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Queensboro Dance Festival to kick off 10th season next month, with 30 events planned across the borough

The Queensboro Dance Festival will celebrate its 10th season with a record 30 outdoor events set to take place across the borough. Performers and organizers pictured at a launch event on May 2. (Photo provided by Karesia Batan)

May 5, 2023 By Michael Dorgan

The Queensboro Dance Festival will celebrate its 10th season next month and organizers plan on making it a year to remember with 30 outdoor events set to take place across the borough.

The dance festival will kick off on June 3 and will run throughout the summer with the final event taking place on Sept. 17, as part of a three-day closing weekend. Performances will take place throughout western Queens neighborhoods such as Jackson Heights, Corona and Ridgewood, as well as in Rochdale and Far Rockaway.

This season’s lineup will include 25 dance companies representing 18 different dance cultures, organizers said. Nearly all the dance routines will be new works and performed publicly for the first time, organizers said. All events take place outdoors and are free to attend, bar the final weekend which will be ticketed.

Several dance companies performed at an event in Jackson Heights on Tuesday, May 2, to preview the festival.

Karesia Batan, the founder and executive director of the Queensboro Dance Festival, and Council member Shekar Krishnan, who represents Jackson Heights, were among those in attendance.

“We are so proud and grateful to have reached this 10-year milestone,” Batan said. “We wouldn’t have gotten this far without the support of so many cultural partners and the belief our dance community has in us.”

Performers at a previous festival in front of the Unispehere Flushing Meadows–Corona Park (Photo by Josef Pinlac)

(Photo by Michael Dorgan, Queens Post)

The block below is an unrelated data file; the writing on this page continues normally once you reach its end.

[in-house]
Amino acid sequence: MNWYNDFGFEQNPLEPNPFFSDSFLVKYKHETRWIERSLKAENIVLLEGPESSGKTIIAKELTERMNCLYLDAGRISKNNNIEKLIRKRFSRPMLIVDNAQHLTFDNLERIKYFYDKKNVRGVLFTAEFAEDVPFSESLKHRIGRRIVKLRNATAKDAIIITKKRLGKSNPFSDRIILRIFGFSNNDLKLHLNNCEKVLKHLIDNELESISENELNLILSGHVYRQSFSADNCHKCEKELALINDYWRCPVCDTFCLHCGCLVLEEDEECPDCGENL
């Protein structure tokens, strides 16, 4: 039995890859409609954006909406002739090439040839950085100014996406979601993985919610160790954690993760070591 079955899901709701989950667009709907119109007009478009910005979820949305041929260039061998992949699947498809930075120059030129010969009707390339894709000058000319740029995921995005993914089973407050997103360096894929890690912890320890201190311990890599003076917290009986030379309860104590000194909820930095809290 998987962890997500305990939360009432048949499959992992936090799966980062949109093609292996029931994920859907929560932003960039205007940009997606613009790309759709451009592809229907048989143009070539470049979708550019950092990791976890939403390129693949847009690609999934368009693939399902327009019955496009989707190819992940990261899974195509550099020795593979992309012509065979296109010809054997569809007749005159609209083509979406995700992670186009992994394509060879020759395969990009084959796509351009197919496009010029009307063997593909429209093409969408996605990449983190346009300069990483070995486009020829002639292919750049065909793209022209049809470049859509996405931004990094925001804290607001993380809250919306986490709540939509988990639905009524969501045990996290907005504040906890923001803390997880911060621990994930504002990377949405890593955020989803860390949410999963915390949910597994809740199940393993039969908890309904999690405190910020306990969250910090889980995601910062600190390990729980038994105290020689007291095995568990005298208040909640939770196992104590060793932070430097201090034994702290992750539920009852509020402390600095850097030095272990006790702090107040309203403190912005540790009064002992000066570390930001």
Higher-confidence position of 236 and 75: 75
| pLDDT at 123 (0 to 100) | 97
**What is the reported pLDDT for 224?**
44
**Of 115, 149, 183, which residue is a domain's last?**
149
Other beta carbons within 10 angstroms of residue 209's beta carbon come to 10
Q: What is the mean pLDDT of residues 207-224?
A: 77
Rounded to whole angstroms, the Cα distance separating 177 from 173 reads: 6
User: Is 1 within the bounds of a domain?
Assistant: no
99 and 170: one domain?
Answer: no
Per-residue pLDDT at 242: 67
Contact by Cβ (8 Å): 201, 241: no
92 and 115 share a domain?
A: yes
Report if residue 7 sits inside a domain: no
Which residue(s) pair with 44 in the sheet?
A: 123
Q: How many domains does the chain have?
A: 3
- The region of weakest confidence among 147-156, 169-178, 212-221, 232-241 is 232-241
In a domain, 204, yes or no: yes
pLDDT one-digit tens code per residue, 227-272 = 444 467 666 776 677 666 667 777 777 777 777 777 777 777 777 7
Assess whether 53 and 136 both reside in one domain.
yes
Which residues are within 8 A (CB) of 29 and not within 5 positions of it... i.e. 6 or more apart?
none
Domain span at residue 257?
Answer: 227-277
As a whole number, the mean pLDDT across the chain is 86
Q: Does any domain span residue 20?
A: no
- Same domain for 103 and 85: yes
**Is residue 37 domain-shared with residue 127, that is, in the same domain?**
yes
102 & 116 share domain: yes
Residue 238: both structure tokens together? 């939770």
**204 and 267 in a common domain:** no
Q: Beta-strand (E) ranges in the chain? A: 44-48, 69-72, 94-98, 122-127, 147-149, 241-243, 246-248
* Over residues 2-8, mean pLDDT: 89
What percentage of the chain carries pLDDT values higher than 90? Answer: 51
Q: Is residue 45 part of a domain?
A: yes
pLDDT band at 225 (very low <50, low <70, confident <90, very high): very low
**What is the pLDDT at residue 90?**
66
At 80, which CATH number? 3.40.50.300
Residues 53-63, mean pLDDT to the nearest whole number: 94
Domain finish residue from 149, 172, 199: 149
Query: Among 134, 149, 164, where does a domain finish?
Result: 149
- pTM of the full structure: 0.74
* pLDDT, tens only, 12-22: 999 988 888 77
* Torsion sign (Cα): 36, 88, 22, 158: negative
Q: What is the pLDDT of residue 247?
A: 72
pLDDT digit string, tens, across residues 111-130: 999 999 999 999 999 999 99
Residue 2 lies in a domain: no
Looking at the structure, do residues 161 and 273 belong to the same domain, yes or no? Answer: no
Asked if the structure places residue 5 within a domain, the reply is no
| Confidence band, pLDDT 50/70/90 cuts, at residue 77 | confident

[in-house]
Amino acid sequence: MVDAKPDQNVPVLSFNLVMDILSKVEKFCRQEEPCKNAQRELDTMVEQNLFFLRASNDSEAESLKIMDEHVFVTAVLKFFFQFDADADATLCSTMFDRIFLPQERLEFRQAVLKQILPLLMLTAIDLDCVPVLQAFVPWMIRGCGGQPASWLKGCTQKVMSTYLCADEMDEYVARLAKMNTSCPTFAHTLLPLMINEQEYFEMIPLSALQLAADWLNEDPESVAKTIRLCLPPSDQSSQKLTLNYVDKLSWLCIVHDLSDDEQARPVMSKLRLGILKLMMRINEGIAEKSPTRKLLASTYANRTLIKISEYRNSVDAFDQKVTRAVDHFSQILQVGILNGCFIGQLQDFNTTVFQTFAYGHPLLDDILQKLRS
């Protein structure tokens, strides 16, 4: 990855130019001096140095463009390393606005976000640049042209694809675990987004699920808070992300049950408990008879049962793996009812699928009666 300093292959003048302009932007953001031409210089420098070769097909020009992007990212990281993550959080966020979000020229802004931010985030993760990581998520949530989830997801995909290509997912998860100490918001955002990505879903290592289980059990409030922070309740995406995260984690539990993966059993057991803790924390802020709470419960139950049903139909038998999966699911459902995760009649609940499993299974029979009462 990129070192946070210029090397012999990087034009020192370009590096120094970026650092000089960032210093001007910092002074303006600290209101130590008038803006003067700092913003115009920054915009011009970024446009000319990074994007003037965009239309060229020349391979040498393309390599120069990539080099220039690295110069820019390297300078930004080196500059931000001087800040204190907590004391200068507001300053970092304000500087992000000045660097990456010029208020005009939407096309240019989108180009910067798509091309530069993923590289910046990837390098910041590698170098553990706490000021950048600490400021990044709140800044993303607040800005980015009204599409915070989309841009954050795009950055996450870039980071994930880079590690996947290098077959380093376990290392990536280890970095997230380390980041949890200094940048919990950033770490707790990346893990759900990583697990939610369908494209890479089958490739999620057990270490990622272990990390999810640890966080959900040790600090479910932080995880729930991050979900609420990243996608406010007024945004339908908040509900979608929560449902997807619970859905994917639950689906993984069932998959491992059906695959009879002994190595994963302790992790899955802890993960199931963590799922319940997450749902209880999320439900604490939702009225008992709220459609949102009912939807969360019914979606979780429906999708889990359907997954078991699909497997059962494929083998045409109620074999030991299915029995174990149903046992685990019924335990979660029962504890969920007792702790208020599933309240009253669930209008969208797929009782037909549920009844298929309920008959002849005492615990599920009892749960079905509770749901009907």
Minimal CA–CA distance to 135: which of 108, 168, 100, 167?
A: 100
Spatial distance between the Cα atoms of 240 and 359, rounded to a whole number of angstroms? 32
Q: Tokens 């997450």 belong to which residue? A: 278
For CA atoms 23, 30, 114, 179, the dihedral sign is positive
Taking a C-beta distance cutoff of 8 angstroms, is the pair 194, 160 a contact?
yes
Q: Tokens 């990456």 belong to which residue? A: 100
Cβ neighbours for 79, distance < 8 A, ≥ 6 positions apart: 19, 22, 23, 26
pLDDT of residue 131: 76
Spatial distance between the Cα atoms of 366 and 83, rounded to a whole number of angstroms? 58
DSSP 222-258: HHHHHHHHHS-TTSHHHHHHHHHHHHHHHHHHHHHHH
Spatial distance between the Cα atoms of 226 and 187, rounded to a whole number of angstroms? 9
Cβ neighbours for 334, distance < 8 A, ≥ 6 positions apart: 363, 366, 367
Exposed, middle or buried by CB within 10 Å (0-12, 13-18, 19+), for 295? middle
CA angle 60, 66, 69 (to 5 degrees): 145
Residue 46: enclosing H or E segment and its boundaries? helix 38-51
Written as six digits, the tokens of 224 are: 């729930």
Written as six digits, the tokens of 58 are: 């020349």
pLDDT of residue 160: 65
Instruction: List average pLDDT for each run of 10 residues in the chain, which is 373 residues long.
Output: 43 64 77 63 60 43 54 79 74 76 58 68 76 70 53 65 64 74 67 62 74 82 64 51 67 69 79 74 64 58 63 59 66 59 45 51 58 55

Karesia Batan, the founder of the Queensboro Dance Festival (Photo by Michael Dorgan, Queens Post)

Batan, a dancer herself, created her dance group-turned-production company The Physical Plant in 2010 before she established the festival in 2014. Her goal was to give Queens dancers and choreographers an accessible space to learn from each other. The festival has won multiple awards, including being named the Best in Arts & Humanities with the Long Island City Game Changer award in 2019.

She said she hopes the festival will grow even more over the coming years.

“Yet we know there are still more underrepresented Queens dance groups to meet and bring together, and more areas of Queens we can reach,” Batan said.

This year’s festival will kick off with a street takeover event on 34th Avenue in Jackson Heights where attendees will get a chance to see all 25 groups.

There will be a variety of different dance genres at the festival including Yosakoi Japanese dance, house, Bolivian caporales, New York-style salsa, tap, contemporary, Bharatanatyam, Ecuadorian, Afro-Caribbean, Flamenco, hip-hop, ballet and belly dance.

A dancer performing near the Queensboro Bridge (Photo by Josef Pinlac)

There will also be popup events and classes for both families and professionals throughout the summer.

Krishnan said that the festival highlights the cultural diversity of Queens.